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Published September 2, 1988 | public
Journal Article

A Novel Instrument for Separating Large DNA Molecules with Pulsed Homogeneous Electric Fields


A new instrument has been developed for the electrophoretic separation of large DNA molecules that can independently regulate the voltage of each of 24 electrodes and allow the magnitude, orientation, homogeneity, and duration of the electric field to be precisely controlled. Each parameter can be varied at any time during the electrophoretic process. Thus distinct sets of conditions can be combined to optimize the separation of various fragment sizes in a single run. Independent control of electrode voltage allows all of the fields to be generated with electrodes arranged in a closed contour, independent of a particular geometry. This device increases both the resolution in any size range and the speed of separation, especially for DNA molecules larger than 3 megabases.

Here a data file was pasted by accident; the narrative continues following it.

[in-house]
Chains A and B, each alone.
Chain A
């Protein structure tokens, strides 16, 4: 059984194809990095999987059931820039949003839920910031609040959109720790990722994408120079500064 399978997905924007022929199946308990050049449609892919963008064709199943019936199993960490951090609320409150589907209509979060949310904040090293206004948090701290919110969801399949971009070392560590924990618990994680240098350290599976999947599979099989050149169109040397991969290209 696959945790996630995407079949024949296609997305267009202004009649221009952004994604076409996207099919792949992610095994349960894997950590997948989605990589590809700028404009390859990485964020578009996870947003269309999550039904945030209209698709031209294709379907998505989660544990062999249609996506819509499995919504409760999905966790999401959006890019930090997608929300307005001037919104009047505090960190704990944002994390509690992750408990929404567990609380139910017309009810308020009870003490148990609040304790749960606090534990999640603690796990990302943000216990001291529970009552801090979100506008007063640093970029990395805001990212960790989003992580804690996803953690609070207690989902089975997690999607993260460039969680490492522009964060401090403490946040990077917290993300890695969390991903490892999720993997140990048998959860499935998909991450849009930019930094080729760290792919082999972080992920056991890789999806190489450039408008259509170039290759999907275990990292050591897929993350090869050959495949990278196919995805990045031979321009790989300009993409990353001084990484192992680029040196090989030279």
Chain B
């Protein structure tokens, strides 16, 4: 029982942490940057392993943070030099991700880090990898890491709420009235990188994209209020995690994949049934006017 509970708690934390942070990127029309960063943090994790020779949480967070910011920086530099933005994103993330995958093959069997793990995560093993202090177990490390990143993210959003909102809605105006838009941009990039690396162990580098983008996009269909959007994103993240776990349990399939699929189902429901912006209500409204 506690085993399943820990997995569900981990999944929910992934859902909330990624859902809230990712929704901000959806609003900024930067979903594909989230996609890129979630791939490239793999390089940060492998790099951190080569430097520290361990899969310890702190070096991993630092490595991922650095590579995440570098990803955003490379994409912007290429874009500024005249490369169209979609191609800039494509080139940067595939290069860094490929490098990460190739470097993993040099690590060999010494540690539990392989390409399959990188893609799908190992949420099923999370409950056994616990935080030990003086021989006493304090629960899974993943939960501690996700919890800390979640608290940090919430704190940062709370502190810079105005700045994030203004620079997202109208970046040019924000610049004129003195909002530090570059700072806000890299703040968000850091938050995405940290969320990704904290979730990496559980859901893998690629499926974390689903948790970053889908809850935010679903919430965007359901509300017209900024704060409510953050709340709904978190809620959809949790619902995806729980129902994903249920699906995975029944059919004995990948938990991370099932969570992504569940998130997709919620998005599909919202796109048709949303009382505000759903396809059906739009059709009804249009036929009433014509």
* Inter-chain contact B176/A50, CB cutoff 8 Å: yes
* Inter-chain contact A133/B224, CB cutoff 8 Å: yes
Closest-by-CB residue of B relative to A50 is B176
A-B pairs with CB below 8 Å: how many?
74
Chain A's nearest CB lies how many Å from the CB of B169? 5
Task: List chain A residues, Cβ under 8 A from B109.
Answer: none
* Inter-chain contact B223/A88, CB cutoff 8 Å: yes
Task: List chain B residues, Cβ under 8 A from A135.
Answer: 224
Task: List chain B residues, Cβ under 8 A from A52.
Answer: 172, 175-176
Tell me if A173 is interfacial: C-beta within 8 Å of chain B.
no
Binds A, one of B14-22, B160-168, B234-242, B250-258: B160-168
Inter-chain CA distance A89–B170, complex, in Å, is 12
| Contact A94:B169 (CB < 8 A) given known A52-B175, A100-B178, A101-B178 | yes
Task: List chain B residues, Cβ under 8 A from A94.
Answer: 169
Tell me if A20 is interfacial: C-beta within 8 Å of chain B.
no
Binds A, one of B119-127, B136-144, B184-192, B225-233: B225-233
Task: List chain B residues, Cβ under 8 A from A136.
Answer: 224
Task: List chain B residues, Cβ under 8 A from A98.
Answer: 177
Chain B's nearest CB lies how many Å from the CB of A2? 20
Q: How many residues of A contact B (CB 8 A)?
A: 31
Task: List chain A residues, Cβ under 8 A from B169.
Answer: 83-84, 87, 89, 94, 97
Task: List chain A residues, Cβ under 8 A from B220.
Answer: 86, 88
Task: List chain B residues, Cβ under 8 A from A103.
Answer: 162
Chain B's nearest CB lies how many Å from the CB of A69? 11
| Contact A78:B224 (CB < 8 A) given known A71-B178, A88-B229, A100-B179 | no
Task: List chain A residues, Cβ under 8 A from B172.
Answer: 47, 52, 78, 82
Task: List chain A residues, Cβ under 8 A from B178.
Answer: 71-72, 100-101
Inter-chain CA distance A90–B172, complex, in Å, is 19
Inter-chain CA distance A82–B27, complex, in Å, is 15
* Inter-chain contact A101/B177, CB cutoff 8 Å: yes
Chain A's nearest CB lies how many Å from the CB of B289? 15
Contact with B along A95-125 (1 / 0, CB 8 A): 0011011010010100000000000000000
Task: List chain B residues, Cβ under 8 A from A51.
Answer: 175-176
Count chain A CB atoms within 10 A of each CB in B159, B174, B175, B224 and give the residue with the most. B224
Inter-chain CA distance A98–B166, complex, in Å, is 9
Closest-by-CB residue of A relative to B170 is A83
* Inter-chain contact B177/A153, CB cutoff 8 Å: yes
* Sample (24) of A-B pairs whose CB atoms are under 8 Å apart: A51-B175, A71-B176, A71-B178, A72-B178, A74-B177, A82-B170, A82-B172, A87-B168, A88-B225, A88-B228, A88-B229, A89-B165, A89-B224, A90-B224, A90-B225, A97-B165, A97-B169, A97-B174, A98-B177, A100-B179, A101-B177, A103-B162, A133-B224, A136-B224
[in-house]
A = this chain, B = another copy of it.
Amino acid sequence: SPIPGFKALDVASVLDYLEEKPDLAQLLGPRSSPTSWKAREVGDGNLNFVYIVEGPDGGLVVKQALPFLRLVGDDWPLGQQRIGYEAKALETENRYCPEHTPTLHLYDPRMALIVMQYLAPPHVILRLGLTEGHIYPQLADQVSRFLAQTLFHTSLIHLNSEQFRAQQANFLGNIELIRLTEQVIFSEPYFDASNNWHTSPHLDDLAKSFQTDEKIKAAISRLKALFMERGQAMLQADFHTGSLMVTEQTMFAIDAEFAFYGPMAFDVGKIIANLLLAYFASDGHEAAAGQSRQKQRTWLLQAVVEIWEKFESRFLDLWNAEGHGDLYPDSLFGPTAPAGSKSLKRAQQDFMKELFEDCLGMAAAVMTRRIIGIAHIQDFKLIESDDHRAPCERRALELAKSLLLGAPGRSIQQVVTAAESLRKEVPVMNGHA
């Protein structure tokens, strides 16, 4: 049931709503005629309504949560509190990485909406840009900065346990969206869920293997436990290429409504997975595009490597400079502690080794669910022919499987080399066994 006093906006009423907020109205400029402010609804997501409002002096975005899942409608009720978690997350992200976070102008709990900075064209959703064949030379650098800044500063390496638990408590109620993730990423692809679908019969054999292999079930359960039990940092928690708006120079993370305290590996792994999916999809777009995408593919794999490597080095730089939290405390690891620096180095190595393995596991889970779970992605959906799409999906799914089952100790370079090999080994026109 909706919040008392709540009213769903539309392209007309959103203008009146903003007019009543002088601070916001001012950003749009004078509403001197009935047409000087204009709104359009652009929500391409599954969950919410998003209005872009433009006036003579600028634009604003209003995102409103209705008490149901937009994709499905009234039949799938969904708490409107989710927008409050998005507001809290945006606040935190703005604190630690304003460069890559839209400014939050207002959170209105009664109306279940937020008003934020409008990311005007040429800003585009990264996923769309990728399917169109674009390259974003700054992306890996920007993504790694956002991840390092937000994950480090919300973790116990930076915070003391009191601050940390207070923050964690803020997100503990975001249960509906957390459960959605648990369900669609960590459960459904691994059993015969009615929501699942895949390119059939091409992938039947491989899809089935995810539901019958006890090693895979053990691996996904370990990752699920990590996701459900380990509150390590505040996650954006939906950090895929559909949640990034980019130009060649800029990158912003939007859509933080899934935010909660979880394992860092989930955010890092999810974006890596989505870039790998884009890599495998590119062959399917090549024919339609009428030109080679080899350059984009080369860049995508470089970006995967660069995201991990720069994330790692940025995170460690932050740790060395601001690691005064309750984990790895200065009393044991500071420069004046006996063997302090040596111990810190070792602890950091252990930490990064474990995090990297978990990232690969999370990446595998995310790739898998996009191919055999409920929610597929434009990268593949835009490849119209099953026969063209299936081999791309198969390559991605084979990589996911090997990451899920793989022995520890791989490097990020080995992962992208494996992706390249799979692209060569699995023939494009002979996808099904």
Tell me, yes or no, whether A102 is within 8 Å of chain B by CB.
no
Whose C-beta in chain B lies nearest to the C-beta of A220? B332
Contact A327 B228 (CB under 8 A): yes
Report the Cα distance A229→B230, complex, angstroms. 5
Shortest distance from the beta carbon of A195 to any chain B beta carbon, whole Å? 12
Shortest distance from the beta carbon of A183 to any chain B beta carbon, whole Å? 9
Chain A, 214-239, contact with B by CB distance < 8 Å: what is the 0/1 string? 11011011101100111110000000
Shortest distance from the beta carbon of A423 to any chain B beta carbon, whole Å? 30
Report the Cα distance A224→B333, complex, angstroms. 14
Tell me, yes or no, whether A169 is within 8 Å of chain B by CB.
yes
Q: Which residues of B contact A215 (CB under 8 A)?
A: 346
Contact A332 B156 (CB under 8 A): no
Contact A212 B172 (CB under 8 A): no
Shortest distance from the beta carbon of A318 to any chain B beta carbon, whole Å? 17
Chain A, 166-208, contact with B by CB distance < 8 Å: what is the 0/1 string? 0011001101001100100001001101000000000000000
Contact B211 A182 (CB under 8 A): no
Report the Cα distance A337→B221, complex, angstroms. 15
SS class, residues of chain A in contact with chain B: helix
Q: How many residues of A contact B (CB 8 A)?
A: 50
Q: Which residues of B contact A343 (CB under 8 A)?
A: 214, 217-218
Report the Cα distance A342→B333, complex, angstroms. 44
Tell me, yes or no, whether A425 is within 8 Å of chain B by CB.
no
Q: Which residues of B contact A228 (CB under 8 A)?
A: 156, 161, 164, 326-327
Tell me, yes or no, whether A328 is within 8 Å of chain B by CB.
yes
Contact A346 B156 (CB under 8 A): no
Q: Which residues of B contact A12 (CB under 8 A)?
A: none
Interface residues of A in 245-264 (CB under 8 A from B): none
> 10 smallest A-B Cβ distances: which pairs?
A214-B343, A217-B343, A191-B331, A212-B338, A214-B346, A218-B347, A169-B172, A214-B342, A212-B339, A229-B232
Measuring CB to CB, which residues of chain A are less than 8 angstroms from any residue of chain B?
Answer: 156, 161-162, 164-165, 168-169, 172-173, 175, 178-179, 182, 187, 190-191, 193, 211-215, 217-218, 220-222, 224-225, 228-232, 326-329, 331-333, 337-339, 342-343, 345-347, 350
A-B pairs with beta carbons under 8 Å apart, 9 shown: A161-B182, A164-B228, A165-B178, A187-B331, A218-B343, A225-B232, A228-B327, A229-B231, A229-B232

Additional Information

© 1988 American Association for the Advancement of Science. Received 1 July 1988; accepted 14 July 1988. We thank C. F. Spence for software development, P. Arakelian for technical assistance, B. Jones for preparation of figures, and J. Kobori and R. Kaiser for their critical reading of the manuscript. B.W.B. is an NIH postdoctoral fellow (GM10974). Supported by grants from the NSF (DMB 85-00298) and the Baxter Foundation to L.H.

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August 19, 2023
October 19, 2023